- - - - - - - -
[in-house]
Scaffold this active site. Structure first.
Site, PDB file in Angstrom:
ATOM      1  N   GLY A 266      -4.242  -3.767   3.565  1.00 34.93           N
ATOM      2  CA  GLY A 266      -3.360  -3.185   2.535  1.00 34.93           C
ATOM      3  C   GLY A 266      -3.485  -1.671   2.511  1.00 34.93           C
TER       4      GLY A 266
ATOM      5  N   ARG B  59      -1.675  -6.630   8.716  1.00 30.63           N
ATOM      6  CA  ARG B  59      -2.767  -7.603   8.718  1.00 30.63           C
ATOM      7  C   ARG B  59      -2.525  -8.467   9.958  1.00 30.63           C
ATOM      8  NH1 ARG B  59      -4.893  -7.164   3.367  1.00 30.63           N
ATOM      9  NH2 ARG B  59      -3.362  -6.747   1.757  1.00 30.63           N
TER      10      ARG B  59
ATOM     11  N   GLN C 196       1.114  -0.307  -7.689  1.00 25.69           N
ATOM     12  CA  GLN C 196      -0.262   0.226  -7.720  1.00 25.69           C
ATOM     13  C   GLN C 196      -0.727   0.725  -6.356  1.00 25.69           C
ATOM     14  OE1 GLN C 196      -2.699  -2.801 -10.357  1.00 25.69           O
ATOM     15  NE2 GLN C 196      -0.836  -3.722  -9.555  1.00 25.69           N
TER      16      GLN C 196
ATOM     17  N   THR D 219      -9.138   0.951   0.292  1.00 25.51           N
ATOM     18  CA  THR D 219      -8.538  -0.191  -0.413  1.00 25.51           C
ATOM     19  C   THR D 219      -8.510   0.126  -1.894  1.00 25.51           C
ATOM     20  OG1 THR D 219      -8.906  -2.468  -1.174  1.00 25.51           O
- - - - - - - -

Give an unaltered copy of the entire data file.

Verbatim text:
[in-house]
Scaffold this active site. Structure first.
Site, PDB file in Angstrom:
ATOM      1  N   GLY A 266      -4.242  -3.767   3.565  1.00 34.93           N
ATOM      2  CA  GLY A 266      -3.360  -3.185   2.535  1.00 34.93           C
ATOM      3  C   GLY A 266      -3.485  -1.671   2.511  1.00 34.93           C
TER       4      GLY A 266
ATOM      5  N   ARG B  59      -1.675  -6.630   8.716  1.00 30.63           N
ATOM      6  CA  ARG B  59      -2.767  -7.603   8.718  1.00 30.63           C
ATOM      7  C   ARG B  59      -2.525  -8.467   9.958  1.00 30.63           C
ATOM      8  NH1 ARG B  59      -4.893  -7.164   3.367  1.00 30.63           N
ATOM      9  NH2 ARG B  59      -3.362  -6.747   1.757  1.00 30.63           N
TER      10      ARG B  59
ATOM     11  N   GLN C 196       1.114  -0.307  -7.689  1.00 25.69           N
ATOM     12  CA  GLN C 196      -0.262   0.226  -7.720  1.00 25.69           C
ATOM     13  C   GLN C 196      -0.727   0.725  -6.356  1.00 25.69           C
ATOM     14  OE1 GLN C 196      -2.699  -2.801 -10.357  1.00 25.69           O
ATOM     15  NE2 GLN C 196      -0.836  -3.722  -9.555  1.00 25.69           N
TER      16      GLN C 196
ATOM     17  N   THR D 219      -9.138   0.951   0.292  1.00 25.51           N
ATOM     18  CA  THR D 219      -8.538  -0.191  -0.413  1.00 25.51           C
ATOM     19  C   THR D 219      -8.510   0.126  -1.894  1.00 25.51           C
ATOM     20  OG1 THR D 219      -8.906  -2.468  -1.174  1.00 25.51           O